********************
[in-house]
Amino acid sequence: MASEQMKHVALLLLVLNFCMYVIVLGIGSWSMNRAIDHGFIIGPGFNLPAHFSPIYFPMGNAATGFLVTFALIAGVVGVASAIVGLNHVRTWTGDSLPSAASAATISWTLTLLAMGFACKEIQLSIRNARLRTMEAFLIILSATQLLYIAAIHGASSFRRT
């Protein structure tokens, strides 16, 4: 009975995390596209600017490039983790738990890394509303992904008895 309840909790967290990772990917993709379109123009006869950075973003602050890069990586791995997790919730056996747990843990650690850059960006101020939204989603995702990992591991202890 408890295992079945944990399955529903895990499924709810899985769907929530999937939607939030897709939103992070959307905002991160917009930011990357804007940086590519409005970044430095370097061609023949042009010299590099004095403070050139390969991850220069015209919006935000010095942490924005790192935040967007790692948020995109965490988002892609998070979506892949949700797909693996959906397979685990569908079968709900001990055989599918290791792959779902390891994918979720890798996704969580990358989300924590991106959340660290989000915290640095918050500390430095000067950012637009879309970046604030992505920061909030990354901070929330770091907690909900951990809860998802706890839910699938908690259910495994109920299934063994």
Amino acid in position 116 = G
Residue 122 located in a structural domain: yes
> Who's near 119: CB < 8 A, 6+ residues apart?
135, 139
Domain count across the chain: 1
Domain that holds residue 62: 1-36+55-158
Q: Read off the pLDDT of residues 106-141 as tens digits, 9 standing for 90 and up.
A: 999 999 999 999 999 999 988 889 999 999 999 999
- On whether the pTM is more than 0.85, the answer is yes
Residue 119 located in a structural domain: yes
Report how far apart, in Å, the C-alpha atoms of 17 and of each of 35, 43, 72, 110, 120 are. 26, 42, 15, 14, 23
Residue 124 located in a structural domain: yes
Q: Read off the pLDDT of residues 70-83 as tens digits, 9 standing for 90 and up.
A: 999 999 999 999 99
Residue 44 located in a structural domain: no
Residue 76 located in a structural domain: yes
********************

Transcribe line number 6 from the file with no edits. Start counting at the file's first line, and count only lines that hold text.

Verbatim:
> Who's near 119: CB < 8 A, 6+ residues apart?